Smith hoping regional leagues will safeguard Scottish cricket
IF THE incessant rain is depressing you, then spare a thought for cricketers as they prepare to launch a new era for the sport in Scotland.
After the national side’s failure to qualify for last year’s World Cup, Cricket Scotland turned in on itself to hold a major review and restructure the sport. Some of what they came out with was not wholly welcomed, some vehemently attacked, and other initiatives applauded.
Cricket Scotland chief executive Roddy Smith has emerged from the process a little battered and bruised, but strengthened in his desire to see Scotland back in the world’s cricket elite – they currently languish 15th in the One Day International (ODI) rankings and 12th in T20 – and the sport growing again across the club game.
The emergence finally of the national squad in Ayr this week, and victory over Canada, brought welcome relief to the recent weather-induced stalemate, but Smith was hoping also that the controversial move to shift away from national leagues to a new regional structure, in an attempt to tackle the disinterest in ten and 12-hour days ‘at the cricket’ affecting club memberships, would also have bedded in by now.
It’s perhaps little surprise then that on the days while he was waiting for the Ayrshire skies to clear Smith was working up proposals for Scotland tours to New Zealand and South Africa this winter, pushing talks on improving facilities for winter cricket, staging more primary schools events and working with people across the game on plans for spending the £1.2 million three-year funding released by the ICB to help Scottish cricket.
It goes without saying that a cricket chief in Scotland must possess an unnaturally bright outlook and Smith certainly presents a cheery disposition as we use the rainy days to ponder cricket’s future.
Smith explained: “Club cricket, like club rugby, remains the grassroots lifeblood of Scottish sport, but it can no longer provide the resources and level of competition necessary to compete on the international stage.
“Club cricket is primarily about guys who want to play competitive but recreational cricket, and some don’t agree with that, but the fact is those who want to play for Scotland will progress through academy programmes and age-grade teams, and the new regional squads. The regional leagues will ease worries for some players sick of 12-hour days travelling from Aberdeen to Ayr for six or seven hours of cricket for example, though, unfortunately, because of the rain we won’t have the full first league season we wanted. But we’re looking forward to the leagues getting going over the next few weekends leading up to a grand East v West final at Carlton in September.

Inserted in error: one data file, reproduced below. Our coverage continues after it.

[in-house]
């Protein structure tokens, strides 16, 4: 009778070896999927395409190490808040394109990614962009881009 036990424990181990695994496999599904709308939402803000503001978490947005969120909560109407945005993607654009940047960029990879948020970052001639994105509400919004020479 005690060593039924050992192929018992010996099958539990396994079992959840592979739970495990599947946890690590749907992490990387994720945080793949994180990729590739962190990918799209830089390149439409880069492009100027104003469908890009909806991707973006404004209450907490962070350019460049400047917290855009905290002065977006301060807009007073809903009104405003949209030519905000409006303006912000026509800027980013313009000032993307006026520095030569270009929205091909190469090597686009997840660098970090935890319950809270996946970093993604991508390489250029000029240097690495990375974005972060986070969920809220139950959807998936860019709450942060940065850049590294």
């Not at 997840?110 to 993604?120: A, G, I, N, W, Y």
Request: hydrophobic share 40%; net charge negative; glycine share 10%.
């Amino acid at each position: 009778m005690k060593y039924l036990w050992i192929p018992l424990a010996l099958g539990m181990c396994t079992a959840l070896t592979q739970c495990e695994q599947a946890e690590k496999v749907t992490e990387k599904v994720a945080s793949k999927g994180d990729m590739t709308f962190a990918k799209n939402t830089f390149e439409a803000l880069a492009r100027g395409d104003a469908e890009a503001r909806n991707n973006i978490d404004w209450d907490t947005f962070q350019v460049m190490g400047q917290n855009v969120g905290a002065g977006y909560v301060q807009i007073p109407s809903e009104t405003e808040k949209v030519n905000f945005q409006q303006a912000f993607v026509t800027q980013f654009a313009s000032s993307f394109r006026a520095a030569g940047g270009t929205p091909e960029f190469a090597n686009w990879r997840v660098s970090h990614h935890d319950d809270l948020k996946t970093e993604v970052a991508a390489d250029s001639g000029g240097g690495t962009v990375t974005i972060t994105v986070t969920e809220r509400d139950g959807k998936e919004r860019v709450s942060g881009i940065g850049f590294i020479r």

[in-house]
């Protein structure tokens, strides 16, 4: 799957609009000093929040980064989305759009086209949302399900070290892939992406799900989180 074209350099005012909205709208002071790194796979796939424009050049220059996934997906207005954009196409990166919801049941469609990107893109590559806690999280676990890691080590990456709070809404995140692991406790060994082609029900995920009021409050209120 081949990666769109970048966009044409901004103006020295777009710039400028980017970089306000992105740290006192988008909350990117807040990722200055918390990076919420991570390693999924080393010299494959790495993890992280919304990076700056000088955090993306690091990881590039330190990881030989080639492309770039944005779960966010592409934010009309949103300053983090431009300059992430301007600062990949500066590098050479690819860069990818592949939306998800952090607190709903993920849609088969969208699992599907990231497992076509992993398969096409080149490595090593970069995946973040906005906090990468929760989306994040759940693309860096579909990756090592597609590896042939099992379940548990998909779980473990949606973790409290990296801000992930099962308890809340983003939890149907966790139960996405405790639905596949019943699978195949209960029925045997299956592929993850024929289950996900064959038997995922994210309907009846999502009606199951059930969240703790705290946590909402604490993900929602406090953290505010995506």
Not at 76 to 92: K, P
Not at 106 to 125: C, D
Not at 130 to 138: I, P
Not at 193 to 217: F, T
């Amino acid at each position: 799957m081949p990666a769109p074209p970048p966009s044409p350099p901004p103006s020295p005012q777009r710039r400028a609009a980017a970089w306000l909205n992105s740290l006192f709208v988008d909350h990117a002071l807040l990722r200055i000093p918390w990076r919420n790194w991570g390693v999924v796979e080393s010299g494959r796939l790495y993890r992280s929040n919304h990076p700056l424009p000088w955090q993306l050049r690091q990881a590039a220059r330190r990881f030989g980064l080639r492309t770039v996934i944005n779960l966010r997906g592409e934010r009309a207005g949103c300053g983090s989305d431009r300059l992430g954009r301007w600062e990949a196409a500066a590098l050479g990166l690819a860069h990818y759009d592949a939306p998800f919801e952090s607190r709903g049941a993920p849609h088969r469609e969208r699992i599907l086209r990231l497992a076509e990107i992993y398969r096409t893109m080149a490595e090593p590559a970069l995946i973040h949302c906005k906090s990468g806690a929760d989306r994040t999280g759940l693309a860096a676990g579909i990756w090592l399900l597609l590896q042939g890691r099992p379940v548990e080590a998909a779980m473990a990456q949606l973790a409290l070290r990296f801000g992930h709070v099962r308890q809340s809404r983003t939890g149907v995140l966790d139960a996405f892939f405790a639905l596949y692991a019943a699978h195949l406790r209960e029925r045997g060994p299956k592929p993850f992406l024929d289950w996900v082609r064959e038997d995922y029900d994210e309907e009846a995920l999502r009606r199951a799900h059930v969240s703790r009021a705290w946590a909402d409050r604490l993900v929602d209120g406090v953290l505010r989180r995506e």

“And the hope is that by helping the clubs strengthen and keep their players, we will encourage more kids to get involved and create an environment where more people of all ages are playing and supporting cricket. Then, coming out of that, we will have more youngsters rising out of that system through the academies, national academy and the regional squads into the national squad.”
Again, like Scottish rugby, Cricket Scotland is trying at one end to keep people interested at club level while using whatever funds they can muster to keep pace with the ever-increasing rate of improvements in the Test arena. An impossible dream? Maybe. But the two remain intrinsically linked.
Scotland finally got their World Cup qualifying hopes moving again this week at Cambusdoon and youngster Calum MacLeod’s 99 not out added some gloss to a win over Canada that moved Scotland into second spot behind Ireland. Club cricket may be the sport’s lifeblood, but for MacLeod and team-mates the aim is the 2015 World Cup in Australia and New Zealand, as well as the World T20s in 2014.